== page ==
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In 2008, the United States generated 249.6 million tons of trash. That's 4.5 pounds per person, per day. Of that, 82.9 million tons was recovered for recycling or composting (1.5 pounds per person, per day). That's only 33%. The rest is either landfilled or burned. The garbage we throw away contributes to climate change and water pollution.
Reduce, Reuse, Recycle, Repurpose -- RETHINK
- Buy items in bulk from loose bins when possible to reduce the packaging wasted.
- Avoid products with several layers of packaging when only one is sufficient. About 33 of what we throw away is packaging.
- Buy products that you can reuse.
- Maintain and repair durable products instead of buying new ones.
- Check reports for products that are easily repaired and have low breakdown rates.
- Reuse items like bags and containers when possible.
- Use cloth napkins instead of paper ones.
- Use reusable plates and utensils instead of disposable ones.
- Use reusable containers to store food instead of aluminum foil and cling wrap.
- Shop with a canvas bag instead of using paper and plastic bags.
- Buy rechargeable batteries for devices used frequently.
- Reuse packaging cartons and shipping materials. Old newspapers make great packaging material.
- Compost your vegetable scraps.
- Buy used furniture. There is a surplus of it, and it is much cheaper than new furniture.
- Visit your local resale shop to donate gently used old clothes, toys, and household items and to find things that you need.
- Recycle newspapers, magazines, cans, milk jugs, and anything else your local recycling program will accept.
- Donate or sell stuff you don’t want if it’s still usable.
- Repurpose or upcycle stuff you have to make something new.
- Don't throw away your unused medications. Take them to a local dropoff facility or save them for a household hazardous waste collection day.
- Remove yourself from catalog and bulk mailing lists.
Battery Recycling LibGuide
Information on battery recycling including links to recycling resources in Champaign-Urbana.
Control the catalogs, coupons, credit offers, phone books, fliers, circulars, newsletters, and other unsolicited mail you receive.
The Consumer's Handbook for Reducing Solid Waste
Individuals can help alleviate America's mounting trash problem by making environmentally aware decisions about everyday things like shopping and caring for the lawn. Reusing products is just one way to cut down on what we throw away. This web site outlines many practical steps to reduce the amount and toxicity of garbage. These aren't the only steps that can be taken to reduce waste, but they're a good start.
Earth911 Recycling Center Search
Find recycling options for hundreds of products, as well as tips for reducing, reusing, and recycling.
Household Products Database
What's under your kitchen sink, in your garage, in your bathroom, and on the shelves in your laundry room? Learn more about what's in these products, about potential health effects, and about safety and handling.
Household Waste Disposal Solutions
There are many items that consumers have doubt about when it comes to proper disposal. Some may be discarded as regular garbage and others require special treatment. This page lists some of the most common items that require special treatment.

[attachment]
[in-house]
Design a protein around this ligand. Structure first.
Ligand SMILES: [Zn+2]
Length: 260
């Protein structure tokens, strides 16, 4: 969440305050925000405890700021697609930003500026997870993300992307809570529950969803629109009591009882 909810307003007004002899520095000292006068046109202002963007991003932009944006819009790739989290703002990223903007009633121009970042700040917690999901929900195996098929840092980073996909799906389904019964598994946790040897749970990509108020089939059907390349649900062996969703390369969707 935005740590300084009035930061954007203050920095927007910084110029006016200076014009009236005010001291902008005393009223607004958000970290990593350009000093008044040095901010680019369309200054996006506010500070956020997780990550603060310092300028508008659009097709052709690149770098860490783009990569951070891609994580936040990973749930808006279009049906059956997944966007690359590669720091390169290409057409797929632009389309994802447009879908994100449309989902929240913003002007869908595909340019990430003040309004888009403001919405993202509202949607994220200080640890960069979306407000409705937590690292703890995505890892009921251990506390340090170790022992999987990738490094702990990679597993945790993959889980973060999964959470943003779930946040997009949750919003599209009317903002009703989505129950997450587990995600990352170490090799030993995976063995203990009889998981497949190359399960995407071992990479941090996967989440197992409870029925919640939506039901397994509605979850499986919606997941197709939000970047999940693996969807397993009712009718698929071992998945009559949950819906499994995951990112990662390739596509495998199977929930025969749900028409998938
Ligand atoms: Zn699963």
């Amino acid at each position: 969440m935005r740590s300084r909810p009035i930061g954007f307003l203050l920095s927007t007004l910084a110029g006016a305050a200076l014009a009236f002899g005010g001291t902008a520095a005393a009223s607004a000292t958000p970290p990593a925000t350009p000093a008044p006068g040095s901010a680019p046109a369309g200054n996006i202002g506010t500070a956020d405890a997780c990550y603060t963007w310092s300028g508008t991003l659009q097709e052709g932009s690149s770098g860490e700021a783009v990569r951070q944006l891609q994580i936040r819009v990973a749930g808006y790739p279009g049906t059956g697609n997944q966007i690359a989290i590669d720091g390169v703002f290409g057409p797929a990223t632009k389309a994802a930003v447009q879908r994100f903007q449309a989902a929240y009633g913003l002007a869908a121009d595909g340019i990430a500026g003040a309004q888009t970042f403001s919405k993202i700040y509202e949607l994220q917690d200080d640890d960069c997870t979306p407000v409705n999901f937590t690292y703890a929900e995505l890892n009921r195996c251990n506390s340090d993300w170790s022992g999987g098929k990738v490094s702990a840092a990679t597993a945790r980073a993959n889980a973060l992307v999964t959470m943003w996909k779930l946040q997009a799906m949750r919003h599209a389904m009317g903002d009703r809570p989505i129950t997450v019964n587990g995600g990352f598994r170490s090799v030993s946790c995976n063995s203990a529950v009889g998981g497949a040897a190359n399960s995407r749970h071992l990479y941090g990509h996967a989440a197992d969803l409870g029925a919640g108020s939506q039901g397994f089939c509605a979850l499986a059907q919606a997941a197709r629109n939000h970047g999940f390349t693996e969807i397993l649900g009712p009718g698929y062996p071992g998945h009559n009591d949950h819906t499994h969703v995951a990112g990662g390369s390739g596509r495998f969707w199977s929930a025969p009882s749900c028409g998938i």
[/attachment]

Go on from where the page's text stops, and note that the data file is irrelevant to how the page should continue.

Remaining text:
Keep Unwanted Medications & Chemicals Out of the Great Lakes
This four-page fact-sheet is a primer on how pharmaceuticals and personal care products enter the environment and what consumers can do to properly dispose of them. This fact sheet was developed by New York Sea Grant.
Medication & Sharps Disposal (Illinois EPA)
Disposal of unused or unwanted pharmaceuticals is an emerging and complex environmental issue. The Illinois Environmental Protection Agency is working with various stakeholders to find convenient and environmentally responsible ways for residents to manage waste pharmaceuticals.
Reduce, Reuse, Recycle (Sierra Club)
Everyday green lifestyle tips for reducing, reusing, and recycling.
Safe Drug Disposal Portal
Most Americans are aware of the dangers posed by illegal drugs. But what about prescription drugs? And over-the-counter drugs? Not only do these types of medicine play a big role in today's drug abuse epidemic, but their disposal can also contribute to water contamination and can disrupt aquatic life. Whether this is your first time considering the risks lurking in your medicine cabinet, or you're an expert seeking tips on organizing a safe drug take-back program for your community, there are resources here to help you. From the Product Stewardship Institute.
Simple Tips for Reusing Materials Everyday
From Californians Against Waste. Includes tips for home and office.
U.S. EPA Reduce, Reuse, Recycle
Learn how reducing, reusing, and recycling can help you, your community, and the environment by saving money, energy, and natural resources. Recycling programs are managed at the state and local level—find information on recycling in your community.
Zero Waste Guides: Waste-Free Lunches
Waste generation is a huge problem, but we all have the power to help prevent and reduce it by making simple changes in our individual decisions. Use these tips start packing waste free lunches and do your small part every day to save our valuable resources.